What It Means to Be Black in Science: Pew Scholars’ Experiences

A celebration of leading biomedical scientists of color

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What It Means to Be Black in Science: Pew Scholars’ Experiences
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David Benito Getty Images

Black researchers have been at the forefront of discovery in biomedical science throughout history. From improving our understanding of how the body works to shedding light on lifesaving surgeries and treatments, these scientists have a long legacy of critical contributions to health and medicine.

However, Black people continue to be underrepresented in science, due in large part to barriers brought on by racism and other inequities. A 2021 report from the Pew Research Center shows one way this remains evident today: Just 9% of the United States’ STEM workforce identifies as Black.

Current members of Pew’s biomedical programs are just some of the Black scientists conducting leading research in their fields. To celebrate Black History Month this February, they spoke about their current scientific investigations and shared how their identity intersects with and influences this work.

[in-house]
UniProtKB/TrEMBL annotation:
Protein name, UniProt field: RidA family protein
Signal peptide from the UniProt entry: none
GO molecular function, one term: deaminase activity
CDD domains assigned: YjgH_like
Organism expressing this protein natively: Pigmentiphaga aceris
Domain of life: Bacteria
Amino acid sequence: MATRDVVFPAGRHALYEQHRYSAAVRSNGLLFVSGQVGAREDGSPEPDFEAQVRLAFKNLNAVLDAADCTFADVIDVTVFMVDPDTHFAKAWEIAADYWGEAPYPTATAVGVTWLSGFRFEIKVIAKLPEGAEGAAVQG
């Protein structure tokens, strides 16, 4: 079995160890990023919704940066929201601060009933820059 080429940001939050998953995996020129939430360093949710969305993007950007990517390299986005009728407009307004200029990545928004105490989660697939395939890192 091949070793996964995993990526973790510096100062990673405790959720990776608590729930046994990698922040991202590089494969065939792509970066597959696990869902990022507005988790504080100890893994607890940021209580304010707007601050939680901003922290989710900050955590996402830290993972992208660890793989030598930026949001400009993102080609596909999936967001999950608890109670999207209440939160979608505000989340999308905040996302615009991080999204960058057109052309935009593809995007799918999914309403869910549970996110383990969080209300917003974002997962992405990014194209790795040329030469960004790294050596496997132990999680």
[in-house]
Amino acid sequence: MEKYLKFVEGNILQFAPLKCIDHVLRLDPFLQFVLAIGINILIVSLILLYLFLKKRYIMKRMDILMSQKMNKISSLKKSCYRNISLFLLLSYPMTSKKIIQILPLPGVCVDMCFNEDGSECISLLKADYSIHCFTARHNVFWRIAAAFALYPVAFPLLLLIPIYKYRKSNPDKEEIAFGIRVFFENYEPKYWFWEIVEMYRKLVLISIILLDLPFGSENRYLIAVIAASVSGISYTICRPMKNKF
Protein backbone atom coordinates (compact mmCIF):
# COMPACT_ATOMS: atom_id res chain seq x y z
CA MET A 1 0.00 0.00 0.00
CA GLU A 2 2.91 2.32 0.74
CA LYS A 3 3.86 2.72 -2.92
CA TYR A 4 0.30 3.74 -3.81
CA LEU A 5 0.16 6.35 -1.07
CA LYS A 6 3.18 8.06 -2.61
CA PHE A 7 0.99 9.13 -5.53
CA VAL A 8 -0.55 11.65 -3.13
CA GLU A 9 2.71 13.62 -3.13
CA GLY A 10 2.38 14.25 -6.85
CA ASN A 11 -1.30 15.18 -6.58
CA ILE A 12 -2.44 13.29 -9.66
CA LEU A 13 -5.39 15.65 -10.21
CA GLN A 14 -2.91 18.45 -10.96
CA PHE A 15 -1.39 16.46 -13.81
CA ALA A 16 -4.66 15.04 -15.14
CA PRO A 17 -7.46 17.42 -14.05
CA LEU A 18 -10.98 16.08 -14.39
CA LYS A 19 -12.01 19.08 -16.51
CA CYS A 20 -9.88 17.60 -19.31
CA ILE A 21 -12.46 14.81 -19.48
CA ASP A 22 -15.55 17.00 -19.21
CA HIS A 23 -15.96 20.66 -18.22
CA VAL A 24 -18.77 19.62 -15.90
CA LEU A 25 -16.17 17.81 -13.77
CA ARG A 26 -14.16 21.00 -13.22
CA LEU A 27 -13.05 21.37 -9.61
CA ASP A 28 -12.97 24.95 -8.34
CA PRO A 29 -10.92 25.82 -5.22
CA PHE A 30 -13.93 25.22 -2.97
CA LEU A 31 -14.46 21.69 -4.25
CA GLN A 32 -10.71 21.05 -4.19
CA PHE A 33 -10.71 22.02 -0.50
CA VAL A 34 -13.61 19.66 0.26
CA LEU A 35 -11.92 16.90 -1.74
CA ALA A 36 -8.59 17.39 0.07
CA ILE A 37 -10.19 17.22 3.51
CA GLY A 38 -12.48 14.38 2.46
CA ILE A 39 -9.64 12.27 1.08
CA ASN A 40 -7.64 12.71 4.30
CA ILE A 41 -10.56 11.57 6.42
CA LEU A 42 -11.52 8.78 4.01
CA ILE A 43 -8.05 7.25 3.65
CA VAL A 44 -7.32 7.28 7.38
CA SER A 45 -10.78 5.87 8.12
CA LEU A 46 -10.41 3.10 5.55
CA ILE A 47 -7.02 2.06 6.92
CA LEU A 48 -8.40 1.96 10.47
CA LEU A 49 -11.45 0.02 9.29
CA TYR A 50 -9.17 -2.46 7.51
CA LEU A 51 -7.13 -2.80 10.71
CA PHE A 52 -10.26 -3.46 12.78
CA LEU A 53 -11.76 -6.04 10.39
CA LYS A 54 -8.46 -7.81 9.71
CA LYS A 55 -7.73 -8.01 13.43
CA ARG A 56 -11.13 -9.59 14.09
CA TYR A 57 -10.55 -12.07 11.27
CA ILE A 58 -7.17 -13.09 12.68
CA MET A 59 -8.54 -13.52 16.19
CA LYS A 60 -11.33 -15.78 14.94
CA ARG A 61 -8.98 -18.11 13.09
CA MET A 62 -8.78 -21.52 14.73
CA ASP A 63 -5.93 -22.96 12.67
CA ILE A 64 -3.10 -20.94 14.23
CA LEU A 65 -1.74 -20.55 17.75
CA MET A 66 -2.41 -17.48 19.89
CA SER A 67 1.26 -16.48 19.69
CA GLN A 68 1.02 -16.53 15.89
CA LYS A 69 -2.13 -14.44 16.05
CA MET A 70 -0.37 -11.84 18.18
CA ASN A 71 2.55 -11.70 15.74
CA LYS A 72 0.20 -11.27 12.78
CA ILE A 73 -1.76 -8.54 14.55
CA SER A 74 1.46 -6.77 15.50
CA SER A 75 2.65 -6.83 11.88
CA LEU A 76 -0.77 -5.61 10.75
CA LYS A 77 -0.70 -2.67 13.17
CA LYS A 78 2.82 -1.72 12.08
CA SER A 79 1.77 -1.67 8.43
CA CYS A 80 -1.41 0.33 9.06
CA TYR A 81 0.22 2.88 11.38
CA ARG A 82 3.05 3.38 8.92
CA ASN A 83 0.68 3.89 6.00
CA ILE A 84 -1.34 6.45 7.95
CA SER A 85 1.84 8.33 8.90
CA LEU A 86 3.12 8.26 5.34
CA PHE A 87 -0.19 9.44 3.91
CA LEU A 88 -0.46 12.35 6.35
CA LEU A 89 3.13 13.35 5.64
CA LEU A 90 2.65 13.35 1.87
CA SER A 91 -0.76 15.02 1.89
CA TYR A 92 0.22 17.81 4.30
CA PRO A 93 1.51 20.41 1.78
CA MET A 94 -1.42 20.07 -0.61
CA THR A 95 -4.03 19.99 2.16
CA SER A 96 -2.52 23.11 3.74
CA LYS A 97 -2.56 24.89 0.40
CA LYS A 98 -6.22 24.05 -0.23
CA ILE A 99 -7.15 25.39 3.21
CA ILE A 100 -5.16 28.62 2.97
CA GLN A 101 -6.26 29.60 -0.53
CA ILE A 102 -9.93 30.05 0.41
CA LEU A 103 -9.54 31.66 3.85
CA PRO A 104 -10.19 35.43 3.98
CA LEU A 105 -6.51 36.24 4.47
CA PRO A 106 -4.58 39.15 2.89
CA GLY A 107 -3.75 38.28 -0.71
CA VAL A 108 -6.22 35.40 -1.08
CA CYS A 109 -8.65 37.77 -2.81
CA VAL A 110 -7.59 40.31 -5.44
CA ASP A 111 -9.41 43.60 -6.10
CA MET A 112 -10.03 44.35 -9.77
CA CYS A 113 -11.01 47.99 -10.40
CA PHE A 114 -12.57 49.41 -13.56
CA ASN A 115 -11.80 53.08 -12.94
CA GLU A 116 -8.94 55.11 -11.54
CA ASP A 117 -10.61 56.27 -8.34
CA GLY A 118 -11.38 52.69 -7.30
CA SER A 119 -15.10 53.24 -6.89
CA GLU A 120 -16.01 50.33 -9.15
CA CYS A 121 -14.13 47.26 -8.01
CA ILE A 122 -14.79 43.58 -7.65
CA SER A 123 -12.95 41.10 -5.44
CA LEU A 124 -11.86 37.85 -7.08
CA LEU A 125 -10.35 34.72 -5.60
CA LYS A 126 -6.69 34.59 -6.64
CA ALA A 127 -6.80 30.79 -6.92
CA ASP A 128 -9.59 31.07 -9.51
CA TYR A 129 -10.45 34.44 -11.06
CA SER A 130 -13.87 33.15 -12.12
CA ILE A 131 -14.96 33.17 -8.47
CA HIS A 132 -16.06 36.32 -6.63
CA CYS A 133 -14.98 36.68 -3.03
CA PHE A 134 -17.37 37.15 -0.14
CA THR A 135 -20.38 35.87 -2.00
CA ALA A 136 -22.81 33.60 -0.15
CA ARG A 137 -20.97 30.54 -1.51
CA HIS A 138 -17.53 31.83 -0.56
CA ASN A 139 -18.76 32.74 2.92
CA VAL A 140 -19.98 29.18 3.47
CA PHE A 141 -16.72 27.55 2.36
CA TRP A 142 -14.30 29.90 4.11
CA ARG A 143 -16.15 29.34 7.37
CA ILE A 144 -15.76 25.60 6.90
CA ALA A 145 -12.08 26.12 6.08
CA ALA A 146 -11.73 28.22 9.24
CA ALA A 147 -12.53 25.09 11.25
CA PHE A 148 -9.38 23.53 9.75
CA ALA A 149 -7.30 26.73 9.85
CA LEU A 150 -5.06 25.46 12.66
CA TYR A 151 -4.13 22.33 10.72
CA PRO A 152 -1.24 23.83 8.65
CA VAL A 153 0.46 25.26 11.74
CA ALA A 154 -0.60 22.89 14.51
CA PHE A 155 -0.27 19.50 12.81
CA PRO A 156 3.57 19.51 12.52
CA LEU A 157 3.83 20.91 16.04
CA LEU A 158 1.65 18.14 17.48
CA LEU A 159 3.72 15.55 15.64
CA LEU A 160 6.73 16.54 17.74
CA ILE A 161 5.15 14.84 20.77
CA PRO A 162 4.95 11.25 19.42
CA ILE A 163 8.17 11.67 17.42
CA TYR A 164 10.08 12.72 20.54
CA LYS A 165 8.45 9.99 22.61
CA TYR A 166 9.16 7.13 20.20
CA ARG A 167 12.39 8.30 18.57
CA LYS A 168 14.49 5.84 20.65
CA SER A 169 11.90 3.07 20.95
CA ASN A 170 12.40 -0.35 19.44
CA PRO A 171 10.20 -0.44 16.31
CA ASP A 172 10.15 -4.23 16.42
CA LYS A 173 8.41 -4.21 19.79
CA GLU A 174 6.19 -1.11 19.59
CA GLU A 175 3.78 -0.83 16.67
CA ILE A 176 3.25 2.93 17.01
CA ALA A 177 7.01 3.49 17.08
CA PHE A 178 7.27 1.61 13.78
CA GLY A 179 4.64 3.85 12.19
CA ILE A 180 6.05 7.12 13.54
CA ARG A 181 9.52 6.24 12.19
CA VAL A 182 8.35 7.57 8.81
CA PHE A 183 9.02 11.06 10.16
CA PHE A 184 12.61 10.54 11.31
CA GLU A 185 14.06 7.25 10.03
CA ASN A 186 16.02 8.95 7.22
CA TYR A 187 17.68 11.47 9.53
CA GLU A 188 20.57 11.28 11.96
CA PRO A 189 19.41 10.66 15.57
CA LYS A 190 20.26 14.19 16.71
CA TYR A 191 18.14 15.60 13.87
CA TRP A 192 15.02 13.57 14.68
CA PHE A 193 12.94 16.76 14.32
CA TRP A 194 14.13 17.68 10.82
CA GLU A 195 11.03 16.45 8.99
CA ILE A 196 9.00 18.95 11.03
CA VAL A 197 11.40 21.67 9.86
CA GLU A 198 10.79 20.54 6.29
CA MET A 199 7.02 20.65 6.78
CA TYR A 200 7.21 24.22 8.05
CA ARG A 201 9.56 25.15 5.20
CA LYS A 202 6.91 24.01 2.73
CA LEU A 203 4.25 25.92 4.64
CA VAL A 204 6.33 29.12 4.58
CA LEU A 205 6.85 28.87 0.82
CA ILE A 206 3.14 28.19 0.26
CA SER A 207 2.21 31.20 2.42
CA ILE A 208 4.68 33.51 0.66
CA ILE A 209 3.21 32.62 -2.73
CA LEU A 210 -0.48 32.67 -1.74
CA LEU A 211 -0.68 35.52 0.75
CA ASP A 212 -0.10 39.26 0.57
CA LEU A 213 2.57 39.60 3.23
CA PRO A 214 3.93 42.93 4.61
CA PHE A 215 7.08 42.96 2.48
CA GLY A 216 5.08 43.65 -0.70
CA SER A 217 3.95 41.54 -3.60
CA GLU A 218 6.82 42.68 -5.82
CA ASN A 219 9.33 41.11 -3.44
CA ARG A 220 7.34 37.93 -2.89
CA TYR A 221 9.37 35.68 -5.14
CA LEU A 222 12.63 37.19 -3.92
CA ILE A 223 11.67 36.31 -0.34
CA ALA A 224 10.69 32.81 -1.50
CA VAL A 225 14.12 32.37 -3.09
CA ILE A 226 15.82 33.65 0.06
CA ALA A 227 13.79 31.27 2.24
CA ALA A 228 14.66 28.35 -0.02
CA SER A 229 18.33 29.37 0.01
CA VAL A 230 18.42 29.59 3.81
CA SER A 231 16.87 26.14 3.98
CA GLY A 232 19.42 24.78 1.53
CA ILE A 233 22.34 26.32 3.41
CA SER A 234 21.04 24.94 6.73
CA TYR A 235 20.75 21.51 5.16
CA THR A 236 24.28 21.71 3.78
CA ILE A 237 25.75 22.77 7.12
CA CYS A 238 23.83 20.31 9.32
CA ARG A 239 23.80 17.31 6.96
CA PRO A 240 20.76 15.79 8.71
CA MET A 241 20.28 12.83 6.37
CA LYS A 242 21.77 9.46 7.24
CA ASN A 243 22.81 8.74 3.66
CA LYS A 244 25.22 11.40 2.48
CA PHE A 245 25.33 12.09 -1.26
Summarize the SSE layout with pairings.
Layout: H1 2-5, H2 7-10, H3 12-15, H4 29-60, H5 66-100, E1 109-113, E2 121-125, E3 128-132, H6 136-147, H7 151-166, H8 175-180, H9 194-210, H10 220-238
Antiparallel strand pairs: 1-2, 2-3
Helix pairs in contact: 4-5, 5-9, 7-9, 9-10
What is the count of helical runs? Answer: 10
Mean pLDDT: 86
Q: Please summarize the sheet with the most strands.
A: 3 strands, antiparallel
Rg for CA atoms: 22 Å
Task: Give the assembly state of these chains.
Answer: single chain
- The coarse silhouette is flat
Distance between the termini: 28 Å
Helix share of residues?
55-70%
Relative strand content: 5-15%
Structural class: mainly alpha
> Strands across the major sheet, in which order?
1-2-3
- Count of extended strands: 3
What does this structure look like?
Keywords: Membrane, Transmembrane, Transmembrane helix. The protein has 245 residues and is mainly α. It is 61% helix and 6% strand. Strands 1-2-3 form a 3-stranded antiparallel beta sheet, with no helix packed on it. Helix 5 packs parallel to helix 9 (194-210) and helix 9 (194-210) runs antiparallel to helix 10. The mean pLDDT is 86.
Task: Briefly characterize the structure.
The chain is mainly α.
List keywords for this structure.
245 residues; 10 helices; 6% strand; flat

These quotes have been edited for length and clarity.

Alaji Bah, Ph.D. - 2021 Pew scholar

Alaji Bah, Ph.D., is an assistant professor in the Department of Biochemistry and Molecular Biology at SUNY Upstate Medical University. Bah is also a co-founding director of the Postbaccalaureate Research and Education Program at Upstate Medical University (PREP-Up). The program focuses on strengthening the research skills and academic competitiveness of participants in an effort to help meet the critical need for diverse investigators in basic and translational research, particularly individuals from disadvantaged backgrounds.

Alaji Bah
Alaji Bah (fourth from right) poses with members of his lab at SUNY Upstate Medical University, where he’s an assistant professor.
Courtesy of Alaji Bah

What does being a Black scientist mean to you?

As a scientist, I feel I’m part of a long, rich tradition enjoyed by a lucky few humans who have been endowed with a great tool—the scientific method—for tackling problems for the benefit of humanity, as well as the maintenance of our environment. Being a Black scientist, I feel I’m very, very privileged to have an opportunity that many like me didn’t have or have been denied solely because of the color of their skin, how they look or act, or because of where and when they were born.